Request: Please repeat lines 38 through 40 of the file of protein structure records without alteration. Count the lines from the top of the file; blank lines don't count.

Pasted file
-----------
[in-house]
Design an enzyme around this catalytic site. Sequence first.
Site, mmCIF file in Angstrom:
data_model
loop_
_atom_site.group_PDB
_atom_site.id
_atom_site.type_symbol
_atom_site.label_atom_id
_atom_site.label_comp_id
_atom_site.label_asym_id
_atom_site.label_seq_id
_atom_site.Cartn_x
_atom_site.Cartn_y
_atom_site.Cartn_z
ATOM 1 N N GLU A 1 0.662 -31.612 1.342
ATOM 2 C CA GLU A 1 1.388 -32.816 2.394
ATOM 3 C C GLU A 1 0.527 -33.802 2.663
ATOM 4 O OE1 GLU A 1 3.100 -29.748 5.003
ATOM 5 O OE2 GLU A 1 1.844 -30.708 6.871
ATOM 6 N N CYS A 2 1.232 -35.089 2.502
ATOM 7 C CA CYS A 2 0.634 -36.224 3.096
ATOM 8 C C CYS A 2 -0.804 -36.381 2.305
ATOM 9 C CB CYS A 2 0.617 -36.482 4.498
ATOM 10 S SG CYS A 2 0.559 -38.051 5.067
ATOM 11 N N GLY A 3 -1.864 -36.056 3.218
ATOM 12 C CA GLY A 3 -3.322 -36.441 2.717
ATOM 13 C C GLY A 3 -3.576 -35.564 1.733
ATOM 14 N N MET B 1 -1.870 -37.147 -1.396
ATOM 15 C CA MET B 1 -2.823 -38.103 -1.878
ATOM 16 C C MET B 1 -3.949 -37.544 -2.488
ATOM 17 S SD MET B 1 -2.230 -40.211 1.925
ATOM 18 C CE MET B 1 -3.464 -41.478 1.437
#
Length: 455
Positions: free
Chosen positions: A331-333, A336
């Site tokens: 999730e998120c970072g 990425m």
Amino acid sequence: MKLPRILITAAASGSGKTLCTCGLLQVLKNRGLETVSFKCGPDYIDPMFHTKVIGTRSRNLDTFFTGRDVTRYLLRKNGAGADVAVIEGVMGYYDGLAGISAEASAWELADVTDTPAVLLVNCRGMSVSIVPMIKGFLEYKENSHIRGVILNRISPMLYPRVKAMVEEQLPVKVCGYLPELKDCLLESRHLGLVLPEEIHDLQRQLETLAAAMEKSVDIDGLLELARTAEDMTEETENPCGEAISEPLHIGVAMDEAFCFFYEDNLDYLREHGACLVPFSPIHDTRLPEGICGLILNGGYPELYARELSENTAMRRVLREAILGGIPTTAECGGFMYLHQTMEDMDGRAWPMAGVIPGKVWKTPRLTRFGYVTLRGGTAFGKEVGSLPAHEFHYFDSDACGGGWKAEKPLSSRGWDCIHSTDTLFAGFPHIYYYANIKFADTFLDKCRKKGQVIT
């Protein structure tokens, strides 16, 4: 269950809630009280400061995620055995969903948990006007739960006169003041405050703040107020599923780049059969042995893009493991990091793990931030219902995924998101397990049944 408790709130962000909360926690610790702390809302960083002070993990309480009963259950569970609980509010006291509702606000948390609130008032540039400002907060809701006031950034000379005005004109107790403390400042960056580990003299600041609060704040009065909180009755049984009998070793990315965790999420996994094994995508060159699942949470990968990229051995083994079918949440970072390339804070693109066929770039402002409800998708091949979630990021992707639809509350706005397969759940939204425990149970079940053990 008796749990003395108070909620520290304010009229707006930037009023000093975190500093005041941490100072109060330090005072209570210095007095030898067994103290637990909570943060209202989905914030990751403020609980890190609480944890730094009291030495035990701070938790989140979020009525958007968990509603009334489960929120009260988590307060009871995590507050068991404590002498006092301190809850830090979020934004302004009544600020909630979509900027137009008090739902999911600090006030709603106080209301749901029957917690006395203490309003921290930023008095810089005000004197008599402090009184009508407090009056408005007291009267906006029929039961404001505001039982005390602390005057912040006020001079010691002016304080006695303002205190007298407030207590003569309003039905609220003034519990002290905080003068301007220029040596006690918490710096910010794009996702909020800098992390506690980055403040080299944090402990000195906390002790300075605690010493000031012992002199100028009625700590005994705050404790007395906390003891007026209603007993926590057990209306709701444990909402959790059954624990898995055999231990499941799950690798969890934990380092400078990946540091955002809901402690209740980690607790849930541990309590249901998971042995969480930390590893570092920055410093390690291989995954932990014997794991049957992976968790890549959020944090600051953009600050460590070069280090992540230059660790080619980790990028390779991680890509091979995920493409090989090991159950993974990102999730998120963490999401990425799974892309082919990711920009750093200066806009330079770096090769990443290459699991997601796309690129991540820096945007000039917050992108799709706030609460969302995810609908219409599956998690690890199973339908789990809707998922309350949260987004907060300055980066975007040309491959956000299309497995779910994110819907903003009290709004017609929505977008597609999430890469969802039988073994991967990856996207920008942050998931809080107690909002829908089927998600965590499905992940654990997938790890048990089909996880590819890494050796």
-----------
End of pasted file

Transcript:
């Site tokens: 999730e998120c970072g 990425m």
Amino acid sequence: MKLPRILITAAASGSGKTLCTCGLLQVLKNRGLETVSFKCGPDYIDPMFHTKVIGTRSRNLDTFFTGRDVTRYLLRKNGAGADVAVIEGVMGYYDGLAGISAEASAWELADVTDTPAVLLVNCRGMSVSIVPMIKGFLEYKENSHIRGVILNRISPMLYPRVKAMVEEQLPVKVCGYLPELKDCLLESRHLGLVLPEEIHDLQRQLETLAAAMEKSVDIDGLLELARTAEDMTEETENPCGEAISEPLHIGVAMDEAFCFFYEDNLDYLREHGACLVPFSPIHDTRLPEGICGLILNGGYPELYARELSENTAMRRVLREAILGGIPTTAECGGFMYLHQTMEDMDGRAWPMAGVIPGKVWKTPRLTRFGYVTLRGGTAFGKEVGSLPAHEFHYFDSDACGGGWKAEKPLSSRGWDCIHSTDTLFAGFPHIYYYANIKFADTFLDKCRKKGQVIT
């Protein structure tokens, strides 16, 4: 269950809630009280400061995620055995969903948990006007739960006169003041405050703040107020599923780049059969042995893009493991990091793990931030219902995924998101397990049944 408790709130962000909360926690610790702390809302960083002070993990309480009963259950569970609980509010006291509702606000948390609130008032540039400002907060809701006031950034000379005005004109107790403390400042960056580990003299600041609060704040009065909180009755049984009998070793990315965790999420996994094994995508060159699942949470990968990229051995083994079918949440970072390339804070693109066929770039402002409800998708091949979630990021992707639809509350706005397969759940939204425990149970079940053990 008796749990003395108070909620520290304010009229707006930037009023000093975190500093005041941490100072109060330090005072209570210095007095030898067994103290637990909570943060209202989905914030990751403020609980890190609480944890730094009291030495035990701070938790989140979020009525958007968990509603009334489960929120009260988590307060009871995590507050068991404590002498006092301190809850830090979020934004302004009544600020909630979509900027137009008090739902999911600090006030709603106080209301749901029957917690006395203490309003921290930023008095810089005000004197008599402090009184009508407090009056408005007291009267906006029929039961404001505001039982005390602390005057912040006020001079010691002016304080006695303002205190007298407030207590003569309003039905609220003034519990002290905080003068301007220029040596006690918490710096910010794009996702909020800098992390506690980055403040080299944090402990000195906390002790300075605690010493000031012992002199100028009625700590005994705050404790007395906390003891007026209603007993926590057990209306709701444990909402959790059954624990898995055999231990499941799950690798969890934990380092400078990946540091955002809901402690209740980690607790849930541990309590249901998971042995969480930390590893570092920055410093390690291989995954932990014997794991049957992976968790890549959020944090600051953009600050460590070069280090992540230059660790080619980790990028390779991680890509091979995920493409090989090991159950993974990102999730998120963490999401990425799974892309082919990711920009750093200066806009330079770096090769990443290459699991997601796309690129991540820096945007000039917050992108799709706030609460969302995810609908219409599956998690690890199973339908789990809707998922309350949260987004907060300055980066975007040309491959956000299309497995779910994110819907903003009290709004017609929505977008597609999430890469969802039988073994991967990856996207920008942050998931809080107690909002829908089927998600965590499905992940654990997938790890048990089909996880590819890494050796």